Anywho, it's there to use if you need it. :thumb:
     
  10. Mrhappytuzi

    Mrhappytuzi SHO Graveyard

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    i thought these were kind of easy to do?:brainfart:
     
  11. smokin joe

    smokin joe SHO Member

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    They are but the space is very limited and sucks to get into
     
  12. blownatx95

    blownatx95 Minnesho on an alternate user name

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    its actually a lot easier to do on a ATX vs a MTX
     
  13. SASHO91

    SASHO91 Zoom Zoom

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    That's been established.

     
  14. LeddZepp8687

    LeddZepp8687 The Keg Rider

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    I did one on my ATX when i did the front 60k. That was no biggie since everything was already out of the way.

    I did however do one on an MTX when everything was still assembled. Now that was a B***H! I never knew of this method.

    Veryyy Niicceeeee
     
  15. LeddZepp8687

    LeddZepp8687 The Keg Rider

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    yes it has. I did mine on my ATX when I did the Front 60k. That was a breeze. I did one on another ATX with everything still assembled and that was still rather easy.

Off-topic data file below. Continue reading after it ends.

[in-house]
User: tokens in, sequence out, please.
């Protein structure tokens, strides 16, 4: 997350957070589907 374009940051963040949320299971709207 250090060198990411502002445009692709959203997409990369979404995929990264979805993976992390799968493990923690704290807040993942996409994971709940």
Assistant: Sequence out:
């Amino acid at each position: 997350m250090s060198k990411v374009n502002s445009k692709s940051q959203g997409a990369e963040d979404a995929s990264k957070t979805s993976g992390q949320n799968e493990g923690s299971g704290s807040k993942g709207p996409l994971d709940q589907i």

I did one on an MTX. Wow, that was a PITA, I didnt know of this access hole in the fenderwell, that would have made it alot easier.

    Verryyyy Niiceee thread.
     
  16. K-Dawg

    K-Dawg SHO Member

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    I tried this method today and it sucked.

    I found it much easier to just remove two of the bolts on the torque damper and remove the bolt for the power steering resevoir. Pull both of those back out of the way and there is plenty of room to get in there.

    Start to finish it was probably less than a 10 minute job.
     
  17. SHOtime2511

    SHOtime2511 CGP

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    X2 :angelnot:
     
  18. T.O_SHO

    T.O_SHO Power Hungry

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    Do they actually expect you to get a torque wrench into there? Is there any specified torque for the bolts when reassembling?
     
  19. K-Dawg

    K-Dawg SHO Member

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    I just tighten them until they are tight.

    Also, a 5.5 mm fits better than a 5/32".
     
  20. Storm-Chaser

    Storm-Chaser SHO Member

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    The SAE analog for the 5.5mm socket is 7/32" . . . .